At Sotheby’s New York, Grégoire Billault, the head of the contemporary art department, challenges this trend for “trophy” artworks. “The market today is led more by buyers than by sellers, and the art lovers want to hang on to their works. It’s a good sign, isn’t it? The interest in contemporary art remains strong.”
And in fact on 13 November Christie’s sold 89% of their presented lots and Sotheby’s sold 92% of their lots the next day.
The star canvas of the season is a painting by the Californian pop art veteran Ed Ruscha (born in 1937). This radical work from 1964 with the word RADIO written across it in blue against a yellow background hasn’t appeared on the market since the 1970s. Ruscha is known for his huge billboard works installed in landscapes on the West Coast of the United States. But here the letters are distorted by pliers. The composition is marked by a surrealist spirit, knowing that the blue is the sky and the yellow is the sun. With an estimate of 30 million dollars, it went for 52.4 million dollars at Christie’s, a record price for the painter.
This season also enables us to see artists emerge who are ordinarily obscured by huge prices. This is the case for Charles White (1918-1979), who was little known until October 2018 when Moma in New York dedicated a retrospective to him which also travelled to Chicago and Los Angeles. His forty-year career has been primarily dedicated to the African-American cause, in painting and drawing. A powerful line, head-on portraits sometimes reminiscent of the style of Mexican artist Diego Rivera… White also taught two key figures in current African-American creation who are also art market stars, Kerry James Marshall and David Hammons.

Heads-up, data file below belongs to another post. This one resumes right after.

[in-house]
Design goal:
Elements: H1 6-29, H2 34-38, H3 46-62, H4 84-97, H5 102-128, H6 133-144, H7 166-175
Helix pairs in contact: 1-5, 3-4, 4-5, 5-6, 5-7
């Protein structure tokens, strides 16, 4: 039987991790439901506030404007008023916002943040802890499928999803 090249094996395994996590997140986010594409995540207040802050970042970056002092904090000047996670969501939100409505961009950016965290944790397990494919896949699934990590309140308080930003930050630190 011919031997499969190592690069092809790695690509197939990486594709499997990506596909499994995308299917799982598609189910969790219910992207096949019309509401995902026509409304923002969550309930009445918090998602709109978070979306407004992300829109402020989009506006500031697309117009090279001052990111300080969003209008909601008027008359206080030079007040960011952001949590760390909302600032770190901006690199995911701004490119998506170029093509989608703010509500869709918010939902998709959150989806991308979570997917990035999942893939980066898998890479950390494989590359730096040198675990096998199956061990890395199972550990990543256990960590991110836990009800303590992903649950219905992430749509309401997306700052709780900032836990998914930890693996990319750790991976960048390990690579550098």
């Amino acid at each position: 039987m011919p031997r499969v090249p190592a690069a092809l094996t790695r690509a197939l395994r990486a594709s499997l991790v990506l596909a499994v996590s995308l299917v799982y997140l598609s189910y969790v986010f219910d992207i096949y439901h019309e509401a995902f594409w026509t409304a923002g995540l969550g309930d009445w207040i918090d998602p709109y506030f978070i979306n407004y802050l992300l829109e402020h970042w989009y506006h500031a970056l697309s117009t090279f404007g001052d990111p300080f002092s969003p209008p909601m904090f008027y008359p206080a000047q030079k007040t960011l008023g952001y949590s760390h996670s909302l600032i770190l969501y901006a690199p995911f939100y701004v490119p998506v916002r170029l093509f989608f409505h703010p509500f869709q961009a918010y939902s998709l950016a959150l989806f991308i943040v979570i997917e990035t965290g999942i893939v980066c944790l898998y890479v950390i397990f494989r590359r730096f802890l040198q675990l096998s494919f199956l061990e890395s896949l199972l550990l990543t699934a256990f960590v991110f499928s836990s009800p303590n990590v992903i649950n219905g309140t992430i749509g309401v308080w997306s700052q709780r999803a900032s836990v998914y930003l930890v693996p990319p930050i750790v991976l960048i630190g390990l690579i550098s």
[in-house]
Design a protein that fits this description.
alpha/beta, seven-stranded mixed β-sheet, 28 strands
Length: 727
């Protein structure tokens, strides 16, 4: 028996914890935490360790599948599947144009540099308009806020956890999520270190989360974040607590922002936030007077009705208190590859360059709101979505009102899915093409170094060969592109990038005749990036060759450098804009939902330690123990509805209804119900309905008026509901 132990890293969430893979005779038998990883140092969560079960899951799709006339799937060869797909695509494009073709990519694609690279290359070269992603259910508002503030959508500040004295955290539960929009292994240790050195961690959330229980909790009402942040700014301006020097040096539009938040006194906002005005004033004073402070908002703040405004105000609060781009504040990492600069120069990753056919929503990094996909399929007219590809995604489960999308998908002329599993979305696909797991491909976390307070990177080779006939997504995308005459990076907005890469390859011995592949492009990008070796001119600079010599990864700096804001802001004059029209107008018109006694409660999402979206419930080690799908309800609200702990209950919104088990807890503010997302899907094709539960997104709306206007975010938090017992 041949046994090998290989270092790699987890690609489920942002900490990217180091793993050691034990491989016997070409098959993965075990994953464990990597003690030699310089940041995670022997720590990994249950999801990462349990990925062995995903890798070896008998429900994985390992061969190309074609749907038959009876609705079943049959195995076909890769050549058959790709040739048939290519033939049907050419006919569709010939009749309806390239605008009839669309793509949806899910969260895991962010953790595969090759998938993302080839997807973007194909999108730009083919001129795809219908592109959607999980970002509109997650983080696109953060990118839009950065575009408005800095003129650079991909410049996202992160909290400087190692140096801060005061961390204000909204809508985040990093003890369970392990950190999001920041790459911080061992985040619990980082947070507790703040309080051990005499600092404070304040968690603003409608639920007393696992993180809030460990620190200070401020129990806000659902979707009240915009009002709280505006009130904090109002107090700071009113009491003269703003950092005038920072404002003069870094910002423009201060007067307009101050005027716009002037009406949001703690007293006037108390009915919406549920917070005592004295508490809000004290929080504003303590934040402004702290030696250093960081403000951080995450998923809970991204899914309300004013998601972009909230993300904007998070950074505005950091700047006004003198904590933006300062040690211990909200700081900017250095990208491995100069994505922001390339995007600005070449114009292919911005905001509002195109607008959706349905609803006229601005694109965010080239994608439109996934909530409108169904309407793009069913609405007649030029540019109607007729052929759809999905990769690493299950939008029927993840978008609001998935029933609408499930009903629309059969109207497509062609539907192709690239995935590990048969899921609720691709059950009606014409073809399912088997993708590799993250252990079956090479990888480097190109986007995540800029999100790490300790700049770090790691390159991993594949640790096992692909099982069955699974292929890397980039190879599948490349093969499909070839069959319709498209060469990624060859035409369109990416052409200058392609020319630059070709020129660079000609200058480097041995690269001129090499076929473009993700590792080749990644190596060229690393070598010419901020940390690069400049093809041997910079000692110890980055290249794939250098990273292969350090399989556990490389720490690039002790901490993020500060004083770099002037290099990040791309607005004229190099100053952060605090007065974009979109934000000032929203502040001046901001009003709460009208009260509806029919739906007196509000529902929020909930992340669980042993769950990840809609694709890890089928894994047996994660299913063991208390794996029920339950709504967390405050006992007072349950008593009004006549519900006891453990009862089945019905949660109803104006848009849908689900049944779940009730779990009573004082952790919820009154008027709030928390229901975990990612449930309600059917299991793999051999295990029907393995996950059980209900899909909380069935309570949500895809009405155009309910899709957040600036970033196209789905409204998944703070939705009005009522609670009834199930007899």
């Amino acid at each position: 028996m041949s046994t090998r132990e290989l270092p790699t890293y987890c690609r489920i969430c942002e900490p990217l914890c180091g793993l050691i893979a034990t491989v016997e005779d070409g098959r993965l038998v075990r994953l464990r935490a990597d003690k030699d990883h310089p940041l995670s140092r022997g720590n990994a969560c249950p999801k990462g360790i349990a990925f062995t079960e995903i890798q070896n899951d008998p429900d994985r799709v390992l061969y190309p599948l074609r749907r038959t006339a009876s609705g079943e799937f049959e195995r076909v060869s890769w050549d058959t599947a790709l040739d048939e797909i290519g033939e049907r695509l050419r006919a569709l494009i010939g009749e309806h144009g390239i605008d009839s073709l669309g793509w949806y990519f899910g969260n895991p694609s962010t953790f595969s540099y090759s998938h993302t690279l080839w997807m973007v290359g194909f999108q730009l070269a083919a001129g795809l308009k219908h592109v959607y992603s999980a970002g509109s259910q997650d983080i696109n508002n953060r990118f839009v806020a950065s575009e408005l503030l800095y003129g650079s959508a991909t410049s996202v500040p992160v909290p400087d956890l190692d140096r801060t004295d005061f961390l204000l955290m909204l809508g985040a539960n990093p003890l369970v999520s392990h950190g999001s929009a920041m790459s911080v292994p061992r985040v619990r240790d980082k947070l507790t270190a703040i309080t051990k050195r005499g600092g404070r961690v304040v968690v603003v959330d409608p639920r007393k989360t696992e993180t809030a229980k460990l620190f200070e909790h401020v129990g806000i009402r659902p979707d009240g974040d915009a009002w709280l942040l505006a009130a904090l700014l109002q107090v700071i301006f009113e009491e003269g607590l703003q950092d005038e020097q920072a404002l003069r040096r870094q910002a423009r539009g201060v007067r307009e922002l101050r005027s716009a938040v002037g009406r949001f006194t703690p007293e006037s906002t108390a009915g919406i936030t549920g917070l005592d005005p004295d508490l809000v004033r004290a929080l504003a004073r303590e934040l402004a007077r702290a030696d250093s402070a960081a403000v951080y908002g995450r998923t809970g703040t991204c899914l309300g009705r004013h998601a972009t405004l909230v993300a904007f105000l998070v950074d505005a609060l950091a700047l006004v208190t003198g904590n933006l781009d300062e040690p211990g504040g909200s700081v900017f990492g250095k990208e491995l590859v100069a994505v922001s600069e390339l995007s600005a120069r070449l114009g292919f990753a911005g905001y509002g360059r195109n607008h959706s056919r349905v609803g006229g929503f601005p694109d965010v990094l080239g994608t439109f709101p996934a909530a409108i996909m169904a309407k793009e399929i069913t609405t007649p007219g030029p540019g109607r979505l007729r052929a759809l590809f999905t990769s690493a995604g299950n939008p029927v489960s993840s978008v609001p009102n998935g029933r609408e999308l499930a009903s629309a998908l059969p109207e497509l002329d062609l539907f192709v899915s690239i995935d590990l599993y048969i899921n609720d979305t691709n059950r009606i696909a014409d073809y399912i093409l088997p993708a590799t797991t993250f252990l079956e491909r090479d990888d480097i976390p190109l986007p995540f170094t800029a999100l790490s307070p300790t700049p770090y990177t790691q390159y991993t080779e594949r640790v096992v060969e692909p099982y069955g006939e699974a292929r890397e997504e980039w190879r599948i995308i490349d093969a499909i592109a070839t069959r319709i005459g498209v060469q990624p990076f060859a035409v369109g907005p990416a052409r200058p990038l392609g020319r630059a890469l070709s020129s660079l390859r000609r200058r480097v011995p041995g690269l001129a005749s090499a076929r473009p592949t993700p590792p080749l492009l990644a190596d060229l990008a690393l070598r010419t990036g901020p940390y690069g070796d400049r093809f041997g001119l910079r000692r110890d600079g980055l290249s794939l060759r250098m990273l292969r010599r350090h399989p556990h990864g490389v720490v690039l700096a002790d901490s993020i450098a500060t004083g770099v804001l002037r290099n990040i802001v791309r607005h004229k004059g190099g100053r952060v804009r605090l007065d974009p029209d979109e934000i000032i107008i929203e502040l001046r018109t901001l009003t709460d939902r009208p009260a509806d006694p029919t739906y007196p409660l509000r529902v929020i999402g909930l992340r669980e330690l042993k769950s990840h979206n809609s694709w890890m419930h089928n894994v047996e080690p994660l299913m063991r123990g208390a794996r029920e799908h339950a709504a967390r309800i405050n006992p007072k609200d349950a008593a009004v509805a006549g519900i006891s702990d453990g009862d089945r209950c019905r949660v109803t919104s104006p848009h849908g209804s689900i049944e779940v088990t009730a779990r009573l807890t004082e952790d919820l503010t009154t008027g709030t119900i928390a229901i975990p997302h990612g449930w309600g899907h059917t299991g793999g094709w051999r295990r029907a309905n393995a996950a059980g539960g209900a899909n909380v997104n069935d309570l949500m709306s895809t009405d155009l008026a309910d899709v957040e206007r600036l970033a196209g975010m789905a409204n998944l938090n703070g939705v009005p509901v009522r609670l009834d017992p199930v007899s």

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One of his canvases from 1976 was sold by Christie’s for 1.2 million dollars. The following day Sotheby’s presented a charcoal piece exhibited at Moma the year before which sold for 1.8 million dollars. The increase in his market value is spectacular, since the biggest price for the artist up until now, achieved in 2018, was 485,250 dollars.
The political gains made by this section of the American population, long overlooked by artistic circles, are also beginning to have a real impact on valuation. The art market is also a part of the echo of the end of the supremacy of purely Western modern art.
In this spirit, on 23 November in Hong Kong Christie’s will be presenting a painting depicting five nudes standing in a row, evidently a brothel scene, made by the Chinese artist who lived in Paris from 1921 onwards, Sanyu (1901-1966). It is estimated at 33 million dollars. This painting could well have been integrated into the sales in New York. Up until now, the record price for Sanyu has been set at 24.4 million euros. With his Matisse-like colours and his pared-back lines he created a significant oeuvre which the French museum world would do well to re-examine. Meanwhile it’s the world of China’s collectors, with their exceptional means, who are fascinated by his work.
(1) The guarantee is a process whereby an auction house enlists a third party to pay a set price if there is no sale at auction. In the case of a sale at a higher price than the one set, the third party will receive a share of the profits.